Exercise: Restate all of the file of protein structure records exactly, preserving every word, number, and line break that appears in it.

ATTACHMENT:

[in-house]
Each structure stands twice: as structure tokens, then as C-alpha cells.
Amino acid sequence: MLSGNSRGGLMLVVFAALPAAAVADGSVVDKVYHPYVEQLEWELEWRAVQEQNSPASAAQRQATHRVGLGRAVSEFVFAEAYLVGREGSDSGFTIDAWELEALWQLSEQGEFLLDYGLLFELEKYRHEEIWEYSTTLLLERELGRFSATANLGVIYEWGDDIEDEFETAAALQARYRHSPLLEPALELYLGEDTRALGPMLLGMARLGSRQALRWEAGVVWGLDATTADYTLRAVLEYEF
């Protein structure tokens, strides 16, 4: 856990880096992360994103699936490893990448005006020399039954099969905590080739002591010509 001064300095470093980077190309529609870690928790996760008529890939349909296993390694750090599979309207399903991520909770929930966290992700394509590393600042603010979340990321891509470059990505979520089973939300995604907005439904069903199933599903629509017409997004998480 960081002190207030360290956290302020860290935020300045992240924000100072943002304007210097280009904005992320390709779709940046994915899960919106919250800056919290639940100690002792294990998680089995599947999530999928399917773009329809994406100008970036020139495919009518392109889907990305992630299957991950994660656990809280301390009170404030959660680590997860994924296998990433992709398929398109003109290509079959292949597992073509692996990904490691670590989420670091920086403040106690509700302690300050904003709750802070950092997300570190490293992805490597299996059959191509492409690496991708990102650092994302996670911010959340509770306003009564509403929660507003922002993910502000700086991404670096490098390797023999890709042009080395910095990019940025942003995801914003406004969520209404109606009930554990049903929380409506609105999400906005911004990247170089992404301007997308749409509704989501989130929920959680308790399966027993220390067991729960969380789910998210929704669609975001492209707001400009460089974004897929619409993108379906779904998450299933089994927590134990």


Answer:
[in-house]
Each structure stands twice: as structure tokens, then as C-alpha cells.
Amino acid sequence: MLSGNSRGGLMLVVFAALPAAAVADGSVVDKVYHPYVEQLEWELEWRAVQEQNSPASAAQRQATHRVGLGRAVSEFVFAEAYLVGREGSDSGFTIDAWELEALWQLSEQGEFLLDYGLLFELEKYRHEEIWEYSTTLLLERELGRFSATANLGVIYEWGDDIEDEFETAAALQARYRHSPLLEPALELYLGEDTRALGPMLLGMARLGSRQALRWEAGVVWGLDATTADYTLRAVLEYEF
């Protein structure tokens, strides 16, 4: 856990880096992360994103699936490893990448005006020399039954099969905590080739002591010509 001064300095470093980077190309529609870690928790996760008529890939349909296993390694750090599979309207399903991520909770929930966290992700394509590393600042603010979340990321891509470059990505979520089973939300995604907005439904069903199933599903629509017409997004998480 960081002190207030360290956290302020860290935020300045992240924000100072943002304007210097280009904005992320390709779709940046994915899960919106919250800056919290639940100690002792294990998680089995599947999530999928399917773009329809994406100008970036020139495919009518392109889907990305992630299957991950994660656990809280301390009170404030959660680590997860994924296998990433992709398929398109003109290509079959292949597992073509692996990904490691670590989420670091920086403040106690509700302690300050904003709750802070950092997300570190490293992805490597299996059959191509492409690496991708990102650092994302996670911010959340509770306003009564509403929660507003922002993910502000700086991404670096490098390797023999890709042009080395910095990019940025942003995801914003406004969520209404109606009930554990049903929380409506609105999400906005911004990247170089992404301007997308749409509704989501989130929920959680308790399966027993220390067991729960969380789910998210929704669609975001492209707001400009460089974004897929619409993108379906779904998450299933089994927590134990």